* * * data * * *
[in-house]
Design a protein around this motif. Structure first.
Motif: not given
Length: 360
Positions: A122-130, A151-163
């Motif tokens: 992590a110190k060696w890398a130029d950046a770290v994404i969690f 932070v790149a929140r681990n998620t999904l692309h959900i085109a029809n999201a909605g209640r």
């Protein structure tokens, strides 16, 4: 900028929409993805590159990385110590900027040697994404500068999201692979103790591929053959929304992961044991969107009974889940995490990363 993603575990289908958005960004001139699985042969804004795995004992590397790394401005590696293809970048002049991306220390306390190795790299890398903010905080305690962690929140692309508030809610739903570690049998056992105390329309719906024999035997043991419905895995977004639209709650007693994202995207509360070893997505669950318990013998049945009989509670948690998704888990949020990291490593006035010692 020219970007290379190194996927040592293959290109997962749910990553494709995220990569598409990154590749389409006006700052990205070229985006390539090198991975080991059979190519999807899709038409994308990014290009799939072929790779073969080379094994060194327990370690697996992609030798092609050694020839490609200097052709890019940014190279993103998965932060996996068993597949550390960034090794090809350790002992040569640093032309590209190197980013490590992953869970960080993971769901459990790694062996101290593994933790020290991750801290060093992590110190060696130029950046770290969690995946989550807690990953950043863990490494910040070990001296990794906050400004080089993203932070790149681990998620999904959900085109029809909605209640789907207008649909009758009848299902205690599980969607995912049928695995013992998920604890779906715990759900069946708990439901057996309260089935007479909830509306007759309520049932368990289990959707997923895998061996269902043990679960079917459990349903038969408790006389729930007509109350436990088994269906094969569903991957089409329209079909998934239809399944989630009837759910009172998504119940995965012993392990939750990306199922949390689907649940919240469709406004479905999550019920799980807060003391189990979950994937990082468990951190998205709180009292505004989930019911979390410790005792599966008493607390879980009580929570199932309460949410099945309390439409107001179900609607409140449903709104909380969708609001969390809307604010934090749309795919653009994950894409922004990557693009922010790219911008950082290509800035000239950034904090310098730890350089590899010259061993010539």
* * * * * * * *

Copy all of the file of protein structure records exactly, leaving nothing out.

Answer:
[in-house]
Design a protein around this motif. Structure first.
Motif: not given
Length: 360
Positions: A122-130, A151-163
């Motif tokens: 992590a110190k060696w890398a130029d950046a770290v994404i969690f 932070v790149a929140r681990n998620t999904l692309h959900i085109a029809n999201a909605g209640r």
């Protein structure tokens, strides 16, 4: 900028929409993805590159990385110590900027040697994404500068999201692979103790591929053959929304992961044991969107009974889940995490990363 993603575990289908958005960004001139699985042969804004795995004992590397790394401005590696293809970048002049991306220390306390190795790299890398903010905080305690962690929140692309508030809610739903570690049998056992105390329309719906024999035997043991419905895995977004639209709650007693994202995207509360070893997505669950318990013998049945009989509670948690998704888990949020990291490593006035010692 020219970007290379190194996927040592293959290109997962749910990553494709995220990569598409990154590749389409006006700052990205070229985006390539090198991975080991059979190519999807899709038409994308990014290009799939072929790779073969080379094994060194327990370690697996992609030798092609050694020839490609200097052709890019940014190279993103998965932060996996068993597949550390960034090794090809350790002992040569640093032309590209190197980013490590992953869970960080993971769901459990790694062996101290593994933790020290991750801290060093992590110190060696130029950046770290969690995946989550807690990953950043863990490494910040070990001296990794906050400004080089993203932070790149681990998620999904959900085109029809909605209640789907207008649909009758009848299902205690599980969607995912049928695995013992998920604890779906715990759900069946708990439901057996309260089935007479909830509306007759309520049932368990289990959707997923895998061996269902043990679960079917459990349903038969408790006389729930007509109350436990088994269906094969569903991957089409329209079909998934239809399944989630009837759910009172998504119940995965012993392990939750990306199922949390689907649940919240469709406004479905999550019920799980807060003391189990979950994937990082468990951190998205709180009292505004989930019911979390410790005792599966008493607390879980009580929570199932309460949410099945309390439409107001179900609607409140449903709104909380969708609001969390809307604010934090749309795919653009994950894409922004990557693009922010790219911008950082290509800035000239950034904090310098730890350089590899010259061993010539």